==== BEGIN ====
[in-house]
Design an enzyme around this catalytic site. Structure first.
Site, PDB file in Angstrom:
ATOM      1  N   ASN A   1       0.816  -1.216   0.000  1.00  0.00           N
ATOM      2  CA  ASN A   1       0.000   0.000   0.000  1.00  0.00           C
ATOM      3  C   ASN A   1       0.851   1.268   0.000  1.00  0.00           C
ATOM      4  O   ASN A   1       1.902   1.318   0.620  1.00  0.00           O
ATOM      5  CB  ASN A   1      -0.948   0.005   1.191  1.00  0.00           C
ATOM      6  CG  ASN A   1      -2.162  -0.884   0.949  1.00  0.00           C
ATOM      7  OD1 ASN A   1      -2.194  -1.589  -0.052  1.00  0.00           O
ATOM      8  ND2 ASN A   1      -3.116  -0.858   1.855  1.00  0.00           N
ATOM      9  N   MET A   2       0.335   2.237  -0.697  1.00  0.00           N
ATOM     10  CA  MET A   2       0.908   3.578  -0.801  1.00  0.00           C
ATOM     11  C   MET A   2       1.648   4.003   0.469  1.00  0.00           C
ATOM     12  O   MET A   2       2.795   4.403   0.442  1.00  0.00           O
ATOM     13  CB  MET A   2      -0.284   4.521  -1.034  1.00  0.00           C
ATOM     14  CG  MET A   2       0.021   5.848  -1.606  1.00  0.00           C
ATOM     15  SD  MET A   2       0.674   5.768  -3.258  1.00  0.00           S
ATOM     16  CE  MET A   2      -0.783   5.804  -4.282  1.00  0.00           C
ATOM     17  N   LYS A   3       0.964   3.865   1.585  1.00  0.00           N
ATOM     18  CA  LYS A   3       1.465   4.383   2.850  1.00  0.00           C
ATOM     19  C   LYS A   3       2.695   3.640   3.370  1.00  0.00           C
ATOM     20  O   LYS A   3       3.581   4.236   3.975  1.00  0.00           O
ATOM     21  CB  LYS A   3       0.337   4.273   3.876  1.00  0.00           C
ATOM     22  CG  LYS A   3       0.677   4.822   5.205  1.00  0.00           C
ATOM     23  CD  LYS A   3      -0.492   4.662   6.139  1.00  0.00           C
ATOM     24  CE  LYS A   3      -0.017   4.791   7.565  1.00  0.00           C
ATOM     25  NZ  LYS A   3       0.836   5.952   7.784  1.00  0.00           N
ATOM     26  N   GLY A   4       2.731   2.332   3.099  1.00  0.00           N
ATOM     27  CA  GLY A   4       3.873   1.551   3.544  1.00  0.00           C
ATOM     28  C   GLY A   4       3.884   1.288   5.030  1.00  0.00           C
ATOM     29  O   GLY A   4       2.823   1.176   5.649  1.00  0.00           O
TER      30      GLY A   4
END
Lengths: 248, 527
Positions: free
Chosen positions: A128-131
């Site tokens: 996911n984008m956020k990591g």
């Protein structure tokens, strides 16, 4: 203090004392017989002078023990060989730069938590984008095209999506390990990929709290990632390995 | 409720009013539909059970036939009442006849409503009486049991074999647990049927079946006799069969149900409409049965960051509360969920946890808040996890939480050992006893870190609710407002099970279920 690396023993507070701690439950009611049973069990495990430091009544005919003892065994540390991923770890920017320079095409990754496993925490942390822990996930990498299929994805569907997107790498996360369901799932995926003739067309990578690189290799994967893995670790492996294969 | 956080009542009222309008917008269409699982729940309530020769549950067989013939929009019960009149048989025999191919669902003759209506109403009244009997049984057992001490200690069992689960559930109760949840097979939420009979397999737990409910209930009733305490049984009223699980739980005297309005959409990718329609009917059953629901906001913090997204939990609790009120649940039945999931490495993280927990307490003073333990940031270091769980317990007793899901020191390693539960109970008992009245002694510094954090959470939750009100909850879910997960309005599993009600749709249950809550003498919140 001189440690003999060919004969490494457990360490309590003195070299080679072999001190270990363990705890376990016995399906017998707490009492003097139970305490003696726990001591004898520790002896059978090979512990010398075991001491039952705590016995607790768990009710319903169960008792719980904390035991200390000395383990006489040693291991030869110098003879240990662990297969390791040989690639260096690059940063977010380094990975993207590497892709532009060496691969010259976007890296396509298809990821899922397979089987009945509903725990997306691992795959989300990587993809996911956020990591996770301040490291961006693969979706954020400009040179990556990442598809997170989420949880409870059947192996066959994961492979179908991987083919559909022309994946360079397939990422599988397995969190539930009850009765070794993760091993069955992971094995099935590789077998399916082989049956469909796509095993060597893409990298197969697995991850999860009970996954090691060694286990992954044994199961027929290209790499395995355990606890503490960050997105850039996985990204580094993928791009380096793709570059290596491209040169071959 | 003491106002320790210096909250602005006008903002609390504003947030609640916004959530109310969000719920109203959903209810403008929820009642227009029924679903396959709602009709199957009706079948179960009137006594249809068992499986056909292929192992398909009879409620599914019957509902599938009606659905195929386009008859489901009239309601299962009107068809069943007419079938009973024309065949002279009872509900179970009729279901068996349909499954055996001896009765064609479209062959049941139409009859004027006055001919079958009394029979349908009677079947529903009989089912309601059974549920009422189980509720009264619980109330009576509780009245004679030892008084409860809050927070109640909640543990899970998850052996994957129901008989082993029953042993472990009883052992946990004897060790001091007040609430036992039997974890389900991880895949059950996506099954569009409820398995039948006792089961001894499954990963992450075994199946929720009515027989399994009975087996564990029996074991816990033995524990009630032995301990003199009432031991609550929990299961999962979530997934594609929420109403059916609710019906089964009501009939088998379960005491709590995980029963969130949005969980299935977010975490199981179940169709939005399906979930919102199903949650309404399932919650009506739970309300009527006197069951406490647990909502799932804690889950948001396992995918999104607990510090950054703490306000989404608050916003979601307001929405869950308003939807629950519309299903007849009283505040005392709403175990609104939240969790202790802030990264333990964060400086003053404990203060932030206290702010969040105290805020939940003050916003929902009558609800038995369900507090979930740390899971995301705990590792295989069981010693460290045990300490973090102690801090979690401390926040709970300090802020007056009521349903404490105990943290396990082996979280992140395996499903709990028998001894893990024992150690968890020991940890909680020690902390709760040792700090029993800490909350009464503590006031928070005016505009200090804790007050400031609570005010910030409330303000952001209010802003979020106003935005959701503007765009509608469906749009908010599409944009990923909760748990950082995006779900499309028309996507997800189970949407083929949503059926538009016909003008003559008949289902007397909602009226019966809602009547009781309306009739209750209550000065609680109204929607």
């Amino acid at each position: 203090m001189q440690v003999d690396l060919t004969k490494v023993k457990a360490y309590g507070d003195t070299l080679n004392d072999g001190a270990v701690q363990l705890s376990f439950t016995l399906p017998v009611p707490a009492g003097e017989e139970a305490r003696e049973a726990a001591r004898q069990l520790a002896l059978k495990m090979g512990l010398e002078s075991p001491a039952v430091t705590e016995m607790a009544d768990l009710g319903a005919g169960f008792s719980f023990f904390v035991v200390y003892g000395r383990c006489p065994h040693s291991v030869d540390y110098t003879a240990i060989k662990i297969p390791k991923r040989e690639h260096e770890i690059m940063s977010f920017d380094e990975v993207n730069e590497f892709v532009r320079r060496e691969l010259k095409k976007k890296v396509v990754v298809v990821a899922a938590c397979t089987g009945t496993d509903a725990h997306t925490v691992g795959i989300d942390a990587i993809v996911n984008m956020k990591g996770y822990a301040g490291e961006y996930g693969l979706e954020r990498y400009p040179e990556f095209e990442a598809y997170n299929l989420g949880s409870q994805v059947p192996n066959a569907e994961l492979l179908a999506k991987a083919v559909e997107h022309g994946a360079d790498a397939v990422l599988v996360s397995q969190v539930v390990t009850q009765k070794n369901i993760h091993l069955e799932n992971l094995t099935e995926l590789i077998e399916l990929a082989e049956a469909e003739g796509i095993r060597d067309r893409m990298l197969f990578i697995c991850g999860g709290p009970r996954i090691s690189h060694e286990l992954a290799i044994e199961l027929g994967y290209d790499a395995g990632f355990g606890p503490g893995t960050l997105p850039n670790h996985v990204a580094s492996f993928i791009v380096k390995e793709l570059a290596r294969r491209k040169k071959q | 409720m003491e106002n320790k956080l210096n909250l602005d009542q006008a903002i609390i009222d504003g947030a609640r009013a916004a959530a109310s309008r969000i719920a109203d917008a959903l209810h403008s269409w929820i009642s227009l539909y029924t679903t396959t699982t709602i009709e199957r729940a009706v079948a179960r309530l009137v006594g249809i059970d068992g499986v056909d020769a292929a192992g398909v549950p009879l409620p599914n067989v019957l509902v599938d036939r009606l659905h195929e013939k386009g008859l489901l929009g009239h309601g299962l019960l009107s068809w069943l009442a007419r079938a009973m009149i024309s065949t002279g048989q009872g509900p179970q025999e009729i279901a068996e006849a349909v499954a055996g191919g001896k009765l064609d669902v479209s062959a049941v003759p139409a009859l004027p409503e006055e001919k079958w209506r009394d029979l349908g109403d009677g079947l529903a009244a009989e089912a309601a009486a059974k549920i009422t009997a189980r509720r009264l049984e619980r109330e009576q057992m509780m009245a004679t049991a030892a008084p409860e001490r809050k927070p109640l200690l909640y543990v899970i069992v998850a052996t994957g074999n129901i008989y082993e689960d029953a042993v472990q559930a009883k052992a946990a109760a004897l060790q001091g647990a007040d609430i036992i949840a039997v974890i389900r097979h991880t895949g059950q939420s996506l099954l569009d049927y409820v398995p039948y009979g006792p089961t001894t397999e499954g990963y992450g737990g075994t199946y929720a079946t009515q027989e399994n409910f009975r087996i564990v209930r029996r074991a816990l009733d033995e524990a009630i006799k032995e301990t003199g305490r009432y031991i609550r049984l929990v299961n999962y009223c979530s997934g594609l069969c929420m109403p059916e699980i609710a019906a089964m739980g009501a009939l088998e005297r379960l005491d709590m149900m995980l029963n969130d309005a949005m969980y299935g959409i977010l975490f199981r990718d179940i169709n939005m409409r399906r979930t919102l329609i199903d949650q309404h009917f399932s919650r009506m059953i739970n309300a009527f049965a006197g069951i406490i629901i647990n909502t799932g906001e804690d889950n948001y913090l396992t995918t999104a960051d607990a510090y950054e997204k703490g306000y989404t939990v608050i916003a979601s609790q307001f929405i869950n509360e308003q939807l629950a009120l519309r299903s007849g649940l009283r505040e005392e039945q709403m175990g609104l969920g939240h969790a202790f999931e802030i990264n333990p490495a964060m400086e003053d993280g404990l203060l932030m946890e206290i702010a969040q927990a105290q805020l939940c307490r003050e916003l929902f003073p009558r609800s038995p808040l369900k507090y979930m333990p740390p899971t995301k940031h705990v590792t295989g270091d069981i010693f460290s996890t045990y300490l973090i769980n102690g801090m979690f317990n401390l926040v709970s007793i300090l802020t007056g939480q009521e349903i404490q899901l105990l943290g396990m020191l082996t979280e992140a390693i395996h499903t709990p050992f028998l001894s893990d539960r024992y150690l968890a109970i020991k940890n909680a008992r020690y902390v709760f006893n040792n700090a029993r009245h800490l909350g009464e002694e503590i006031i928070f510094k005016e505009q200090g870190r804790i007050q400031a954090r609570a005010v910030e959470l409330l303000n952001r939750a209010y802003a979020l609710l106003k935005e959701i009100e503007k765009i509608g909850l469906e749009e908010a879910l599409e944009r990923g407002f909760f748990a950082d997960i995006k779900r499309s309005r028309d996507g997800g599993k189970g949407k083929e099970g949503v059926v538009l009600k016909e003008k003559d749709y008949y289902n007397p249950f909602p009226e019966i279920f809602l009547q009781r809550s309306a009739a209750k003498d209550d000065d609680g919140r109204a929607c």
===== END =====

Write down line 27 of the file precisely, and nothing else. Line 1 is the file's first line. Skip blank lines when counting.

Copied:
ATOM     24  CE  LYS A   3      -0.017   4.791   7.565  1.00  0.00           C